Friday, February 17th, 2017 | 8 min read
Word of mouth marketing used to be just one tool in marketers’ tool belts. It was often used to supplement large-scale campaigns to support higher priority tactics like print ads and billboards. Sure, it was great if customers recommended products to each other, but it wasn’t the end-all-be-all for brands.
Today, however—in the age of the connected and empowered consumer— hearing what customers are saying to each other and being able to act on what you hear is the most important strategy there is. Founder, Chairman & CEO of Amazon.com Jeff Bezos has said, “Branding is what people say about you when you are not in the room.” With almost 70% of Americans on social media, an interconnected system purpose built to amplify voices, word of mouth has the power to shape or destroy a brand’s entire online identity. If advertisers don’t use this tactic wisely, they’re going to be swept aside by the competition.
Think about it this way: Your customers are your marketing department. They can share their experiences with millions of people at the click of a button. And what they say to each other is more influential than what your company tries to say through ads. As Nielsen found, 74% of consumers say word of mouth is the most powerful type of marketing.
That’s why—now more than ever—you need to deploy an effective word of mouth strategy. Here are four steps to make it happen.
Listening to your customers is the first step of this process. You need to understand where they are online, and what they’re talking about. Chances are, word of mouth marketing is already happening for your business. You just have to harness it properly.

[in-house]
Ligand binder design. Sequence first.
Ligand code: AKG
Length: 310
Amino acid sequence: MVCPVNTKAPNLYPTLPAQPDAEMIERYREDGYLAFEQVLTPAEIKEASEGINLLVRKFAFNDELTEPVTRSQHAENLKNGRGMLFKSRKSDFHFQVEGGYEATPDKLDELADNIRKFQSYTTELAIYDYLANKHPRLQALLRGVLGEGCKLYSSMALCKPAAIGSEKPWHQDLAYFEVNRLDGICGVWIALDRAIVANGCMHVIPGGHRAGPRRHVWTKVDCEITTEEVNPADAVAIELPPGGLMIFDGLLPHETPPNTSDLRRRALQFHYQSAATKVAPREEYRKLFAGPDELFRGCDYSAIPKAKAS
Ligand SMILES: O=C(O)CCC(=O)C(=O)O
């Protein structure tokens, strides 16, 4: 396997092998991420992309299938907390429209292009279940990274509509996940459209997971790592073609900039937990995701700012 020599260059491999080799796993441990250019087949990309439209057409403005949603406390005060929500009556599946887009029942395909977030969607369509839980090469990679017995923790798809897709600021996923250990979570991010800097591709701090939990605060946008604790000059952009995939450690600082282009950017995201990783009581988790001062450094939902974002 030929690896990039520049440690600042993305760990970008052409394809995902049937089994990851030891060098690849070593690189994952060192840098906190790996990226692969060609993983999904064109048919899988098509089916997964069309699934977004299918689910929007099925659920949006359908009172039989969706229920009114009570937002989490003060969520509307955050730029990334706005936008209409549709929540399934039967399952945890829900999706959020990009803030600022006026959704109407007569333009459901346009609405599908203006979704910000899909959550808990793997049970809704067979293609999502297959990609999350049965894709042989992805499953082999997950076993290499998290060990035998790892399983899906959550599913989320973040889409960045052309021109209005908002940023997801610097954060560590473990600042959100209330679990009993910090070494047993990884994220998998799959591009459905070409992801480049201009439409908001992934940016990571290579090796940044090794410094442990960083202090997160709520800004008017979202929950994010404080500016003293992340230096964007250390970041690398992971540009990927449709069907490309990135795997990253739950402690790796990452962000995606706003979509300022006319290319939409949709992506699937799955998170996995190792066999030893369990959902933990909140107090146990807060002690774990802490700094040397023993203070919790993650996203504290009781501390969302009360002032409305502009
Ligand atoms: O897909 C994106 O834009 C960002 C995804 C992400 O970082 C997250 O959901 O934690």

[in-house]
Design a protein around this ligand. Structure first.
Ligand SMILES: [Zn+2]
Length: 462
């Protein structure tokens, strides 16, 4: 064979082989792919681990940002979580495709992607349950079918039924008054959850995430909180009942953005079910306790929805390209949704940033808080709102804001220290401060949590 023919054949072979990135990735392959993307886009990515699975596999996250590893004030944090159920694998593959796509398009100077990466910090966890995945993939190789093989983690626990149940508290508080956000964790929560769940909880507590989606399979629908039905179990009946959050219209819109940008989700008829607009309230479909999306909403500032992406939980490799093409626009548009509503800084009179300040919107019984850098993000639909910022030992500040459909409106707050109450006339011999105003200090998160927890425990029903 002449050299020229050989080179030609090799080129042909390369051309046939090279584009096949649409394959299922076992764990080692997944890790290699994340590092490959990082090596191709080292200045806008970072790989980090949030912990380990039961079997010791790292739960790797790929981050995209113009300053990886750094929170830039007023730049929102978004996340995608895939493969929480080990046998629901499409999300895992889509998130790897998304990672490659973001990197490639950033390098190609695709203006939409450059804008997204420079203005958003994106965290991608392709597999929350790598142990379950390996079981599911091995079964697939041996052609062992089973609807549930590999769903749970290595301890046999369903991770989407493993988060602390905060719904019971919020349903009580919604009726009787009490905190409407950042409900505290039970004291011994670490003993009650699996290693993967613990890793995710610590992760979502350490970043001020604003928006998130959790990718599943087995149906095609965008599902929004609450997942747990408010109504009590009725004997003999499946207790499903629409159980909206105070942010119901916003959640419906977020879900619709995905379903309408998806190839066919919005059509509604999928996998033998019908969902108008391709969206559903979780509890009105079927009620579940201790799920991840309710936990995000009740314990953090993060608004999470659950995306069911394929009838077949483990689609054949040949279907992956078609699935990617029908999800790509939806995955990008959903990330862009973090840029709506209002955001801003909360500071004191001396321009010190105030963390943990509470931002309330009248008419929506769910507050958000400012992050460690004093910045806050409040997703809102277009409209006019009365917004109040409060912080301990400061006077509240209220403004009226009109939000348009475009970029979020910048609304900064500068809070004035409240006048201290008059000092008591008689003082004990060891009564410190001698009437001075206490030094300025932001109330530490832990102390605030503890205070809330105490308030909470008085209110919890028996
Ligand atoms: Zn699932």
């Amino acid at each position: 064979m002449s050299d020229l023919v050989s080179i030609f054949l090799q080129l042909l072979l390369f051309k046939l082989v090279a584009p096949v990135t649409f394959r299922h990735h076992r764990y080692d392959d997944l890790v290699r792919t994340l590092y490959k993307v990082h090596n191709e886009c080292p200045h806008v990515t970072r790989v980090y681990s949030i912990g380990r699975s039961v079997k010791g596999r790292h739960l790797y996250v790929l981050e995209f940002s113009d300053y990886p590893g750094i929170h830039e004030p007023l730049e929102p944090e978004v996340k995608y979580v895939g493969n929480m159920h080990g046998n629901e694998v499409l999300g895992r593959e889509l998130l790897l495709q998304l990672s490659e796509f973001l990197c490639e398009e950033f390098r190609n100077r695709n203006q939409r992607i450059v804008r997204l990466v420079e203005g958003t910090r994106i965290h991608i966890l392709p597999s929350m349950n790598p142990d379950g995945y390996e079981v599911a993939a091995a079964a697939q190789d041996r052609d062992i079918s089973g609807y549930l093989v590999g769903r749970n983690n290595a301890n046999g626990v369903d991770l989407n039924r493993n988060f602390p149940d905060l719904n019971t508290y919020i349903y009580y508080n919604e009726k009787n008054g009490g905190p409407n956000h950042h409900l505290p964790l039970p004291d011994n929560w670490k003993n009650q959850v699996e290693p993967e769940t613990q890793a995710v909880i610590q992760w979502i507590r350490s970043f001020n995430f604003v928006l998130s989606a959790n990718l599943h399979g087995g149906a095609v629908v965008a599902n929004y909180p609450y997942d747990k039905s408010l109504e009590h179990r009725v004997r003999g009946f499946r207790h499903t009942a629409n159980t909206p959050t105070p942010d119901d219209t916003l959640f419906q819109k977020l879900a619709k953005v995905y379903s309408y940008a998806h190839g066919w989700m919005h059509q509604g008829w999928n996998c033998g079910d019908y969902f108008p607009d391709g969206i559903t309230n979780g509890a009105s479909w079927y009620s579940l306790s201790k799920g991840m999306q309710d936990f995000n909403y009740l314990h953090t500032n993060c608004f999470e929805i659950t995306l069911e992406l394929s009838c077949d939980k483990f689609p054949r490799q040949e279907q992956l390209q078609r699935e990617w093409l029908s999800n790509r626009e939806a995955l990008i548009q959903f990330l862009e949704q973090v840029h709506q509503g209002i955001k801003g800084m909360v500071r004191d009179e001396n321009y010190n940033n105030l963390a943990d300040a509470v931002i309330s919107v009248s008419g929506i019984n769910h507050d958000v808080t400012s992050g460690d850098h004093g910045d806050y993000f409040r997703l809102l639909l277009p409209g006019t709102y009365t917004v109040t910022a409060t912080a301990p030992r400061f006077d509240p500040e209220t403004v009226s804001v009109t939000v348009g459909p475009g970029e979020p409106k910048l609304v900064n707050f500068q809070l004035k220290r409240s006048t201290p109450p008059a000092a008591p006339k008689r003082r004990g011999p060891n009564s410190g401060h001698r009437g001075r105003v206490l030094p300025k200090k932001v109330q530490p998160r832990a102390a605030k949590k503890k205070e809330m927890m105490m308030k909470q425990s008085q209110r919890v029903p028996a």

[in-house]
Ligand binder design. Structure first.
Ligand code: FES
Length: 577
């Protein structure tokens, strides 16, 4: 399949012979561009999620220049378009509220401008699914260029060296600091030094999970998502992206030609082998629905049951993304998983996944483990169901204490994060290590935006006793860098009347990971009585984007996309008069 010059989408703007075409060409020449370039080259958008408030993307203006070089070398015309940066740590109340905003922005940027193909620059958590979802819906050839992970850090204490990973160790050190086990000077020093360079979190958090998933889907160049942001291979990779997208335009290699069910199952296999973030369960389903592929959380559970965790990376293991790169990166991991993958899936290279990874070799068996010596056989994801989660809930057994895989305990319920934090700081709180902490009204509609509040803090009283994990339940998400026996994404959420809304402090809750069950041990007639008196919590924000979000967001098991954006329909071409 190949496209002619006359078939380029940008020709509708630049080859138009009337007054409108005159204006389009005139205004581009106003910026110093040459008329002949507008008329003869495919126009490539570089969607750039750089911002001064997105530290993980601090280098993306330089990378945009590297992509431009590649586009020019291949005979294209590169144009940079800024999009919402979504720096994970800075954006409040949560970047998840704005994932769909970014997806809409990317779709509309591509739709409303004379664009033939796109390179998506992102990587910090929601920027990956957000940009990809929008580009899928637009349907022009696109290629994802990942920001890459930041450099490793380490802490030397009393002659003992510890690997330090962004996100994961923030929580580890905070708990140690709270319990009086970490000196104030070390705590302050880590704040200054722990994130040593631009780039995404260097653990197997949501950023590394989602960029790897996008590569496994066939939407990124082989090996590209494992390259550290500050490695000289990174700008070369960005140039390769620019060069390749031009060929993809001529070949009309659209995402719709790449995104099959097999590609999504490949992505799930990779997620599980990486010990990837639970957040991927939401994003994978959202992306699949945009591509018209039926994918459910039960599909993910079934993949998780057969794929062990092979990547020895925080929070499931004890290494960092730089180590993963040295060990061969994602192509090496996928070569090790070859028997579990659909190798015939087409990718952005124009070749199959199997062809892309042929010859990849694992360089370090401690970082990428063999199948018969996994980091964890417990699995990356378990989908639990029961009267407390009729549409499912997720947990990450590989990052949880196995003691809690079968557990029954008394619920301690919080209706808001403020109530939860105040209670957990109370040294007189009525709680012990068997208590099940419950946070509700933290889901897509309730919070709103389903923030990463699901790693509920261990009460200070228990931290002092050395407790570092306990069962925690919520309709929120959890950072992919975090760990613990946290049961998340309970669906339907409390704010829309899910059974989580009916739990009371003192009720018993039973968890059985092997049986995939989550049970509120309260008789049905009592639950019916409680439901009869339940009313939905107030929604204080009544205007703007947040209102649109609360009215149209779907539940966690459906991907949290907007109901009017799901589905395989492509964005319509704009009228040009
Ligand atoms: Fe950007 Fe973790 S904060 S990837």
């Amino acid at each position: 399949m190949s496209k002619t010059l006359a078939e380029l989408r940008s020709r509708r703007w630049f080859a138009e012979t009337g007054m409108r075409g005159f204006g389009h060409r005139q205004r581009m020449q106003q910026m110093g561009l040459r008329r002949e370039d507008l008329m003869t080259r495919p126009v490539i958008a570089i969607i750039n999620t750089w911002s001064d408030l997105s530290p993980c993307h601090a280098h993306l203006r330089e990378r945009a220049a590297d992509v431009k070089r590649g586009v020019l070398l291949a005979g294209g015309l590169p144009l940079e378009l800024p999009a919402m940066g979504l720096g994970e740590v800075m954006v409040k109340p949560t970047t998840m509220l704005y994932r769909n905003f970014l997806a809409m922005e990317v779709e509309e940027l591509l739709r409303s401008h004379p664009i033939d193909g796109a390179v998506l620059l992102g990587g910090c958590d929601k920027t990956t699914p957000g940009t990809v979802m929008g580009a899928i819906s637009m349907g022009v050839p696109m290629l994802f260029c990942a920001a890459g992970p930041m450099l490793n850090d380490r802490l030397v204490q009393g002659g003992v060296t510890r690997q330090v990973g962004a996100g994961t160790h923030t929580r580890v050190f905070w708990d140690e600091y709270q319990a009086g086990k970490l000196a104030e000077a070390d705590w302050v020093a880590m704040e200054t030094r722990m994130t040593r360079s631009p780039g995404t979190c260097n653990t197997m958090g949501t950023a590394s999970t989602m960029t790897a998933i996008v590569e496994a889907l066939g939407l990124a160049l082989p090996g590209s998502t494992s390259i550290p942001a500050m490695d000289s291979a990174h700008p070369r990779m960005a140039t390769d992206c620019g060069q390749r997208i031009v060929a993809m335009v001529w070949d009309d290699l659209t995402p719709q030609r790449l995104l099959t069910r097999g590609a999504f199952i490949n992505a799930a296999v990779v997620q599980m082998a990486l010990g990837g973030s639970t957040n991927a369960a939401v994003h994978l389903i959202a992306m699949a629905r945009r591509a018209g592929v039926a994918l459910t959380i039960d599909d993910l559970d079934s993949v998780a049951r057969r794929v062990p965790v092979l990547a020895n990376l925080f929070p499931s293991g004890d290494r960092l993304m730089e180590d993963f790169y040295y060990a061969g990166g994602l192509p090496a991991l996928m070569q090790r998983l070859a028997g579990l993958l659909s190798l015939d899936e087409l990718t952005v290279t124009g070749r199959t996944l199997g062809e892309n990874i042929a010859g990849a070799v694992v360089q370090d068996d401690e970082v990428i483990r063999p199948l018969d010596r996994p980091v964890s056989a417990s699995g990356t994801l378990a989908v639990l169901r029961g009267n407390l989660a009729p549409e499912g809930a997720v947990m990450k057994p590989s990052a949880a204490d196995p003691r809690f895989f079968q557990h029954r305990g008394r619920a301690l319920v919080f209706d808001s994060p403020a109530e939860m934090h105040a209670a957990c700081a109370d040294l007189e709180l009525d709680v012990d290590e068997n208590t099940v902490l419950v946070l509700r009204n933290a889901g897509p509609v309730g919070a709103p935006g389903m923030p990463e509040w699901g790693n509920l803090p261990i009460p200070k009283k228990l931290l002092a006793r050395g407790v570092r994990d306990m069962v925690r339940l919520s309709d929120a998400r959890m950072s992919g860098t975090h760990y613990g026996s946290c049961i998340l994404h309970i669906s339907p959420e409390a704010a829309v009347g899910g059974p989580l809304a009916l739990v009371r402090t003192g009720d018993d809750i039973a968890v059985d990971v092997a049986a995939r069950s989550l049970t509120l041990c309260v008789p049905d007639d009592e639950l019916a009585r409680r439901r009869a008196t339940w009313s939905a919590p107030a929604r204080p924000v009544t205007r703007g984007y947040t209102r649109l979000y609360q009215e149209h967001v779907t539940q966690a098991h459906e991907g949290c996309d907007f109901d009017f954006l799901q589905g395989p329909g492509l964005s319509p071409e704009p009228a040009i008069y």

For instance, are your customers discussing your products on Twitter? Are they sharing their experiences in Facebook videos? Are they sending Snaps from inside your store? If you can answer these questions, you can respond to the right people on the right platforms at the right time.
Take the Denny’s Tumblr account. It’s been lauded as “the funniest thing on the Internet” and “the best brand on Tumblr”—all because Denny’s took the time to understand its audience. On Tumblr, weird, wacky, offbeat, visual humor just works. And the brand hired people with film, writing, and creative backgrounds to incorporate that humor into its posts.
After Denny’s developed this approach, its social followings increased overall by 150%, and they generated 15 million engagements in just two years.
“I was in a Denny’s yesterday, and I sat in a booth, and I could hear… a younger group in the booth next to me talking about our Tumblr page,” Denny’s CMO John Dillon told Entrepreneur. “Did they come there directly because of that? … There’s a decent chance that that had a direct influence over it.”
Once you know your audience, you can consider what you want your message to be, and how you’d like to deliver it.
Just look at Oreo’s famous post from 2012. During gay pride month (and just a year after gay marriage was legalized in New York), the brand posted an image of a rainbow-creme-filled cookie on its Facebook page. The caption on the image read, “Proudly support love!”